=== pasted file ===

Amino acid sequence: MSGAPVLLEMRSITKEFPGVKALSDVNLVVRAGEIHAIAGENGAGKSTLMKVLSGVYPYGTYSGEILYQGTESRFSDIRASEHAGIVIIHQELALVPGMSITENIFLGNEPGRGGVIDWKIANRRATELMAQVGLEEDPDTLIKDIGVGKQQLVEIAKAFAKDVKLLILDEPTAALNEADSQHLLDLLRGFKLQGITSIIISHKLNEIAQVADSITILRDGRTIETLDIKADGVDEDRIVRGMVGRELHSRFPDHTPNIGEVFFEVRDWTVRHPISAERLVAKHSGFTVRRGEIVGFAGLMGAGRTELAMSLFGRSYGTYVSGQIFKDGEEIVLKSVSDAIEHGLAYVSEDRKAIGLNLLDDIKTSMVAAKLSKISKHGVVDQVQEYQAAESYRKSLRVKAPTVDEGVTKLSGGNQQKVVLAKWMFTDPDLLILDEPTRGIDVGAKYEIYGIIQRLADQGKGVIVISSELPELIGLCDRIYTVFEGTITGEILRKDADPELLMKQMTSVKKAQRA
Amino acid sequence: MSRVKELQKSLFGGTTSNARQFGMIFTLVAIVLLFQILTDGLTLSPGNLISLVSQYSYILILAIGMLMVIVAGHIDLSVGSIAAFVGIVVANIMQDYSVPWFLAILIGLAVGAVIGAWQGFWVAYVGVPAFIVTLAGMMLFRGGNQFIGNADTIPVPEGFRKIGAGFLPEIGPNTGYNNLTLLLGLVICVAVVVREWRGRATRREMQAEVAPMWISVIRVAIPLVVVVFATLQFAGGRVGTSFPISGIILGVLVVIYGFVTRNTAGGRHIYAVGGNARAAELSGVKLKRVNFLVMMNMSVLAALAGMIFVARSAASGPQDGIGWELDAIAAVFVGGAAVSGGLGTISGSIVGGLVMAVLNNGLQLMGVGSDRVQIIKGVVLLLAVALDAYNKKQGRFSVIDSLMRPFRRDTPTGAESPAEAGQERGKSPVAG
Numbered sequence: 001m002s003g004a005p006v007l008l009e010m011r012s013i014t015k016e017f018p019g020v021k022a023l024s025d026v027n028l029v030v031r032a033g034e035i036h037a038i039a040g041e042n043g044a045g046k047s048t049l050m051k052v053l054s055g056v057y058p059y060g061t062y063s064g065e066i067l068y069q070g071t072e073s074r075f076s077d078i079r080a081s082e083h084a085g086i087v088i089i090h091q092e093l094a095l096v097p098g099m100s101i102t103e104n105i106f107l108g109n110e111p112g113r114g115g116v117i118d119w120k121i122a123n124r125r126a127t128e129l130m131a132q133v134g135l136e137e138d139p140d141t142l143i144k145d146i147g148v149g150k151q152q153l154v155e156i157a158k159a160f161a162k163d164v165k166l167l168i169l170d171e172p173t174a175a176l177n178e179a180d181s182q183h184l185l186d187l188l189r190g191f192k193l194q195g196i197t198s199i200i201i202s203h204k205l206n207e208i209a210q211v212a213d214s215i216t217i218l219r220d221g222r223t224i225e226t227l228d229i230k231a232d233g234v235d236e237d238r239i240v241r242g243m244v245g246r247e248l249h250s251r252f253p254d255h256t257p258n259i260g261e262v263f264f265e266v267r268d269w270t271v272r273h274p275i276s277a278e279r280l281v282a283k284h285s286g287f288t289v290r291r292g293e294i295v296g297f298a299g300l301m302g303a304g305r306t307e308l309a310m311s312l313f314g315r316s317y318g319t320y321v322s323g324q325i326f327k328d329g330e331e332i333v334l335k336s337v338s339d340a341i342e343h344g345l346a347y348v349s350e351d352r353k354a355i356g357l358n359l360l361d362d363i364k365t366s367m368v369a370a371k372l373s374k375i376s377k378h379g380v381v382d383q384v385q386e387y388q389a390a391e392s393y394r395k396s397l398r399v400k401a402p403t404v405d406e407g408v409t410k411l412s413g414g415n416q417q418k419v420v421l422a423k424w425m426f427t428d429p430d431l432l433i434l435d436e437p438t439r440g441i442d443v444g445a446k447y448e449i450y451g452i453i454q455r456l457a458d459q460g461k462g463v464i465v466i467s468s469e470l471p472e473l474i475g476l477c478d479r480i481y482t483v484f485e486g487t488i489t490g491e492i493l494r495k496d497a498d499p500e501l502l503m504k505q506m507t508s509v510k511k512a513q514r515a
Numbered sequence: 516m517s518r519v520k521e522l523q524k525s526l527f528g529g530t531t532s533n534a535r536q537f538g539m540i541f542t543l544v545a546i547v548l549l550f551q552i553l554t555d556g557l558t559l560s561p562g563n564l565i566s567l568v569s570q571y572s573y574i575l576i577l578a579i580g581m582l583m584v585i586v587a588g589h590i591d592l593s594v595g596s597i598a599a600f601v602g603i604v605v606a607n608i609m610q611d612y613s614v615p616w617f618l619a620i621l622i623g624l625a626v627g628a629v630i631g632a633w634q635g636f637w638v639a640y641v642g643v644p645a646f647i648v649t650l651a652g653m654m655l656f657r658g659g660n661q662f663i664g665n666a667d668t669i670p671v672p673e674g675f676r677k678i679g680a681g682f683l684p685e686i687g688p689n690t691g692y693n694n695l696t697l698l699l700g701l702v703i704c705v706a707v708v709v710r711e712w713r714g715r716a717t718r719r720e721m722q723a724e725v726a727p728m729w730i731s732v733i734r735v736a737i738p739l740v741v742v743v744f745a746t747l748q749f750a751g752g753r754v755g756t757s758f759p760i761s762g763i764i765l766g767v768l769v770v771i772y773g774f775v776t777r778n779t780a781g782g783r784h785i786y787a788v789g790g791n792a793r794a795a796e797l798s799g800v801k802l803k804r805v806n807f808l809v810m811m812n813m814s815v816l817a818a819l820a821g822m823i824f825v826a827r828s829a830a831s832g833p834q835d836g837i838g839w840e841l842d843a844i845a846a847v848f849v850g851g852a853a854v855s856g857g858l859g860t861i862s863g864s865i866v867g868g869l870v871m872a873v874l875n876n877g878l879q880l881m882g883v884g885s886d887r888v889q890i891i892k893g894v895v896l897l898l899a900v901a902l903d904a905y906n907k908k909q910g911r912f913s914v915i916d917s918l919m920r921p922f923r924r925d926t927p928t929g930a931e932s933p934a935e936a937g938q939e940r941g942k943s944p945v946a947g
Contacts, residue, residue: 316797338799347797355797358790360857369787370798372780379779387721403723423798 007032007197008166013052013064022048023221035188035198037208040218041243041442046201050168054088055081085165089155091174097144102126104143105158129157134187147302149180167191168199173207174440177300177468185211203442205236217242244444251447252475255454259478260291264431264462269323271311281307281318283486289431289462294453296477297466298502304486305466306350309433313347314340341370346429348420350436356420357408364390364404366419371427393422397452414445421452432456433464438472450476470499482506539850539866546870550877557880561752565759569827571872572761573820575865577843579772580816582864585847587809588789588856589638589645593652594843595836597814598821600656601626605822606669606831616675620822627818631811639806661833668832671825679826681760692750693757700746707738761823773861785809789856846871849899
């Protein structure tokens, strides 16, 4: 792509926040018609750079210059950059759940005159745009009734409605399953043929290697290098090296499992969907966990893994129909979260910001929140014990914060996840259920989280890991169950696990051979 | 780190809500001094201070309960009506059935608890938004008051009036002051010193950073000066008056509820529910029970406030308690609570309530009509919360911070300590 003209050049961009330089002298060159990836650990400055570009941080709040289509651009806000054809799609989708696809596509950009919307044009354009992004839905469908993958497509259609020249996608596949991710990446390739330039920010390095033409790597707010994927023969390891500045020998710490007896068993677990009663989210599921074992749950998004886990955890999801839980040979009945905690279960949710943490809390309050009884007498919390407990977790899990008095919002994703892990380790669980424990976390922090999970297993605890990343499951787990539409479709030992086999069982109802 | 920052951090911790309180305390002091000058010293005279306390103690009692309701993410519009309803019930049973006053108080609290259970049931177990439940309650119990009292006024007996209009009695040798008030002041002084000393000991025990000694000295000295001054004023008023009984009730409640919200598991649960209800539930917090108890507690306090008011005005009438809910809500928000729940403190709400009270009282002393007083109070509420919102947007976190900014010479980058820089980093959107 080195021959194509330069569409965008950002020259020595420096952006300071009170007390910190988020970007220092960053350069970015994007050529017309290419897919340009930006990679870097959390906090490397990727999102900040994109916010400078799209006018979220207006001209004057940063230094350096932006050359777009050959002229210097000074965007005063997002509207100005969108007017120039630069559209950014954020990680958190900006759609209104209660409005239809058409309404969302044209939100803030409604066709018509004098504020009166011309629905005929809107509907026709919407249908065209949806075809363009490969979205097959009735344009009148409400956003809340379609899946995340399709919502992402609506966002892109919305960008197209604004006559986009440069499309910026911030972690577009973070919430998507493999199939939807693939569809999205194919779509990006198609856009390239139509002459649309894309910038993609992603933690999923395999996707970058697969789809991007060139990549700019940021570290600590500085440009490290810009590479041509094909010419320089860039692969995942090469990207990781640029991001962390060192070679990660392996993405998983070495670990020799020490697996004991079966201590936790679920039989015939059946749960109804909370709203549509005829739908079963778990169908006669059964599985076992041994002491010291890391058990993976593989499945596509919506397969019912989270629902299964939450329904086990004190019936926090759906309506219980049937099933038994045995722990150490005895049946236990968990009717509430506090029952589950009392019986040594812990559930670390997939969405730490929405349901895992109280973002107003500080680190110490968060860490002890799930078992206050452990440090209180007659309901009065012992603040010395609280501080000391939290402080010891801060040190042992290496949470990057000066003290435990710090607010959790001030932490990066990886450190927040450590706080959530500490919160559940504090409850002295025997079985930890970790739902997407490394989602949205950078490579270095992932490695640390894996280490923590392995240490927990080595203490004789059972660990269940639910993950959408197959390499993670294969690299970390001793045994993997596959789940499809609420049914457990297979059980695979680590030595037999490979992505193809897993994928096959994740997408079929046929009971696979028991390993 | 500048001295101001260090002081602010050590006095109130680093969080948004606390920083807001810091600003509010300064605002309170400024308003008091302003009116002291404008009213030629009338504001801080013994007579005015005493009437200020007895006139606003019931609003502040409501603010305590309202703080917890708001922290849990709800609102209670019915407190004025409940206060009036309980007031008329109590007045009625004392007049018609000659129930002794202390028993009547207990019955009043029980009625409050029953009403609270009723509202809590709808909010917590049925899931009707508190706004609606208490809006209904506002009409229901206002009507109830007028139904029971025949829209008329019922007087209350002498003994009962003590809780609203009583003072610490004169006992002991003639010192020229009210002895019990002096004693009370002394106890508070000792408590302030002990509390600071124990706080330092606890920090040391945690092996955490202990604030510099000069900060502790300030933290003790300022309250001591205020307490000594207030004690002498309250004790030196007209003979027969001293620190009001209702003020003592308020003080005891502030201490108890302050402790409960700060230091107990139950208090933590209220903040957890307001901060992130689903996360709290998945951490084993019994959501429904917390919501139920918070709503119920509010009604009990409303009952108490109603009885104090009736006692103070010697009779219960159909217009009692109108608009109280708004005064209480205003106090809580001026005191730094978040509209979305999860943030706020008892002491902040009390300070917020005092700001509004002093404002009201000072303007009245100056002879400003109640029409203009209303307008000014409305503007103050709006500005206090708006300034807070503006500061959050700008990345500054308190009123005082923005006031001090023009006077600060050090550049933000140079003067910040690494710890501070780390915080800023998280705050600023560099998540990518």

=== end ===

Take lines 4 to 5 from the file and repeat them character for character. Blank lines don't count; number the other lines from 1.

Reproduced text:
Numbered sequence: 516m517s518r519v520k521e522l523q524k525s526l527f528g529g530t531t532s533n534a535r536q537f538g539m540i541f542t543l544v545a546i547v548l549l550f551q552i553l554t555d556g557l558t559l560s561p562g563n564l565i566s567l568v569s570q571y572s573y574i575l576i577l578a579i580g581m582l583m584v585i586v587a588g589h590i591d592l593s594v595g596s597i598a599a600f601v602g603i604v605v606a607n608i609m610q611d612y613s614v615p616w617f618l619a620i621l622i623g624l625a626v627g628a629v630i631g632a633w634q635g636f637w638v639a640y641v642g643v644p645a646f647i648v649t650l651a652g653m654m655l656f657r658g659g660n661q662f663i664g665n666a667d668t669i670p671v672p673e674g675f676r677k678i679g680a681g682f683l684p685e686i687g688p689n690t691g692y693n694n695l696t697l698l699l700g701l702v703i704c705v706a707v708v709v710r711e712w713r714g715r716a717t718r719r720e721m722q723a724e725v726a727p728m729w730i731s732v733i734r735v736a737i738p739l740v741v742v743v744f745a746t747l748q749f750a751g752g753r754v755g756t757s758f759p760i761s762g763i764i765l766g767v768l769v770v771i772y773g774f775v776t777r778n779t780a781g782g783r784h785i786y787a788v789g790g791n792a793r794a795a796e797l798s799g800v801k802l803k804r805v806n807f808l809v810m811m812n813m814s815v816l817a818a819l820a821g822m823i824f825v826a827r828s829a830a831s832g833p834q835d836g837i838g839w840e841l842d843a844i845a846a847v848f849v850g851g852a853a854v855s856g857g858l859g860t861i862s863g864s865i866v867g868g869l870v871m872a873v874l875n876n877g878l879q880l881m882g883v884g885s886d887r888v889q890i891i892k893g894v895v896l897l898l899a900v901a902l903d904a905y906n907k908k909q910g911r912f913s914v915i916d917s918l919m920r921p922f923r924r925d926t927p928t929g930a931e932s933p934a935e936a937g938q939e940r941g942k943s944p945v946a947g
Contacts, residue, residue: 316797338799347797355797358790360857369787370798372780379779387721403723423798 007032007197008166013052013064022048023221035188035198037208040218041243041442046201050168054088055081085165089155091174097144102126104143105158129157134187147302149180167191168199173207174440177300177468185211203442205236217242244444251447252475255454259478260291264431264462269323271311281307281318283486289431289462294453296477297466298502304486305466306350309433313347314340341370346429348420350436356420357408364390364404366419371427393422397452414445421452432456433464438472450476470499482506539850539866546870550877557880561752565759569827571872572761573820575865577843579772580816582864585847587809588789588856589638589645593652594843595836597814598821600656601626605822606669606831616675620822627818631811639806661833668832671825679826681760692750693757700746707738761823773861785809789856846871849899